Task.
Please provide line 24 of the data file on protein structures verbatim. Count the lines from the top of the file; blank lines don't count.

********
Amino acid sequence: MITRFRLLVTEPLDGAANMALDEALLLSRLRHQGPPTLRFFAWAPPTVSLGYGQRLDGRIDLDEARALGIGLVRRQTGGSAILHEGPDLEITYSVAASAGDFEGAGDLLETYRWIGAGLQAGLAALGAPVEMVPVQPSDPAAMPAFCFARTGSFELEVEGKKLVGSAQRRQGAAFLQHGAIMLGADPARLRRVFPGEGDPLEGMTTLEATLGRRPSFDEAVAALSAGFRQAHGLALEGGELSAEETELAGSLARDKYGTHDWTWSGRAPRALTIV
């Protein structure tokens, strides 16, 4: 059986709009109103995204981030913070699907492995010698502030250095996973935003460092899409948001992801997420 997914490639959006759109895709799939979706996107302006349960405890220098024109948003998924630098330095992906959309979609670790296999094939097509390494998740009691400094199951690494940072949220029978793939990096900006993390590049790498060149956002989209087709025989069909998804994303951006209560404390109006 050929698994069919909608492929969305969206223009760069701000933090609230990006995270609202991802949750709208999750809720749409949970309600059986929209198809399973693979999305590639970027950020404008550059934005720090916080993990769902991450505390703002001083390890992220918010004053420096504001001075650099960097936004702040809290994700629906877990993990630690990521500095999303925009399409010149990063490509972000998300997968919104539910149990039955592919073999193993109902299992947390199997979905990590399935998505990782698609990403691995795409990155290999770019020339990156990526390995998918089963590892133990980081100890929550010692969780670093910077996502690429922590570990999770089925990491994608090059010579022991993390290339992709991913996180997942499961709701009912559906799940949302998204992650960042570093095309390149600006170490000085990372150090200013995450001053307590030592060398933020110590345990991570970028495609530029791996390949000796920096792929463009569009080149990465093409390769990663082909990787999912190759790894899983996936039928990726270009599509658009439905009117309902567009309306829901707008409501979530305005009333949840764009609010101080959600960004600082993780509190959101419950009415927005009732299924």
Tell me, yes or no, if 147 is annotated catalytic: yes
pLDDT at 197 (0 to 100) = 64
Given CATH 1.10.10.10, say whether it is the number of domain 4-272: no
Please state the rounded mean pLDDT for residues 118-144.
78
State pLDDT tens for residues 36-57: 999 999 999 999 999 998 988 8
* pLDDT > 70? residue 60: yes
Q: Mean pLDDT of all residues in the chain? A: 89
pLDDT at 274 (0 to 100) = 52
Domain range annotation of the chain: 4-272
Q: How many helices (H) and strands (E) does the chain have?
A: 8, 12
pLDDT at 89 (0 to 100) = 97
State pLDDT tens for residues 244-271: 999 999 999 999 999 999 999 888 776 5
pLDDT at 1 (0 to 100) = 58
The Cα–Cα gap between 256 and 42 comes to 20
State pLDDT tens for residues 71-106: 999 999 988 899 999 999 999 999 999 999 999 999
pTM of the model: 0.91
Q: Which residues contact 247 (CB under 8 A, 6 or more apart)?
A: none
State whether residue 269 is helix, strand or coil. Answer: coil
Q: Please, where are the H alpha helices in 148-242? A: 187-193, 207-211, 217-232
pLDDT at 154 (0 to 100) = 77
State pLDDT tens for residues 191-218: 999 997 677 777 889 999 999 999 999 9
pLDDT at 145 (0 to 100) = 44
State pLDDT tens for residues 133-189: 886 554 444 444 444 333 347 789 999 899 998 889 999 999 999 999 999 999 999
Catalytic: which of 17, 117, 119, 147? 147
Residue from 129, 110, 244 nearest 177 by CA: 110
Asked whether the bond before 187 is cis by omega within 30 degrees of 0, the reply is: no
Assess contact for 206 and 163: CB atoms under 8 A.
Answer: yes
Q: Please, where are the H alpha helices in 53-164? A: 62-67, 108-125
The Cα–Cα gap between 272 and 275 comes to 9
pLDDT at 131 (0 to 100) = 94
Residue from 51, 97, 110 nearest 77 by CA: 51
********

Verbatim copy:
Q: Please, where are the H alpha helices in 148-242? A: 187-193, 207-211, 217-232